SANFORD — The feet of marchers pounded the cracked pavement of Sanford's 13th Street — a road that runs through the heart of one of the oldest black communities in Florida — to reiterate that apathy won't be an option for those moved and outraged by the shooting death of an unarmed black teenager.
The Goldsboro community played host to a march and rally Saturday organized by the NAACP that brought together a coalition of national civil-rights organizers, community leaders, clergymen and droves of local residents who joined the chants demanding the arrest of George Zimmerman for Trayvon Martin's death.
The Rev. Al Sharpton came to a podium outside Sanford Police Department headquarters amid raucous cheers from many of the roughly 1,000 participants. But he revealed few details about a plan he unveiled Friday for economic sanctions to force authorities to arrest Zimmerman.
Instead, he talked generally about sanctions against corporations that support and fund stand-your-ground laws, but didn't name specific entities or outline strategies.
Everything is on the table for the nonviolent civil disobedience that could come in the coming days, he said.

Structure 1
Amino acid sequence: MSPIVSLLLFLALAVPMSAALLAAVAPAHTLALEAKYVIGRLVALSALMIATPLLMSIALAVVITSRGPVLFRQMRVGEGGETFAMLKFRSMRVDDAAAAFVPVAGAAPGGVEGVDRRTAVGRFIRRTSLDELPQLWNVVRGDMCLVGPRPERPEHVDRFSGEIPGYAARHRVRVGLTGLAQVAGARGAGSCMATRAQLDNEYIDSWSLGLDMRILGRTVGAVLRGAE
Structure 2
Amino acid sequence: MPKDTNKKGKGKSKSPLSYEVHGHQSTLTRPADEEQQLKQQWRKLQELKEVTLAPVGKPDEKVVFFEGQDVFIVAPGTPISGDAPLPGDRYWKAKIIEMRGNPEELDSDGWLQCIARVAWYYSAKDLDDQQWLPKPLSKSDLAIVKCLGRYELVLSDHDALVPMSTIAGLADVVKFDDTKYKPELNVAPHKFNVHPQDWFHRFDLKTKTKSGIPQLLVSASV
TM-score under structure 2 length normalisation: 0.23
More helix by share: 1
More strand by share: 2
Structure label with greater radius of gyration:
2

It's an "American paradox that we can put a black man in the White House but we can't walk a black child through a gated area in Sanford, Florida," he said.
Ben Jealous, national president of the National Association for the Advancement of Colored People, said no one is calling for a boycott of local businesses.
Zimmerman, 28, has been in hiding since the shooting death of Trayvon, a Miami high school student, which has sparked international outcry and claims of racial profiling, vigilantism and selective policing.
Zimmerman, a Neighborhood Watch volunteer, shot Trayvon, during a one-on-one confrontation Feb. 26.
Zimmerman has not been charged. He has claimed he shot in self defense.
A special prosecutor has been assigned to the case and the U.S. Department of Justice has launched an investigation.
"We want an arrest. Shot in the chest," marchers said Saturday en route to Sanford Police Department headquarters. "I am Trayvon Martin."
Faces of all shades of humanity dotted the mile-long walk from Crooms Academy of Information Technology to the Sanford Police through Goldsboro, a community that was once the second all-black city in the state, until its charter was revoked in 1911.
Outside police headquarters, Jealous introduced Brenden Mitchell, a NAACP youth leader.
"I am 17 years old. I'm a high school student. I'm a young black man," Mitchell said in a fiery speech that moved the crowd. "I could be the next Trayvon Martin."Copyright © 2015, RedEye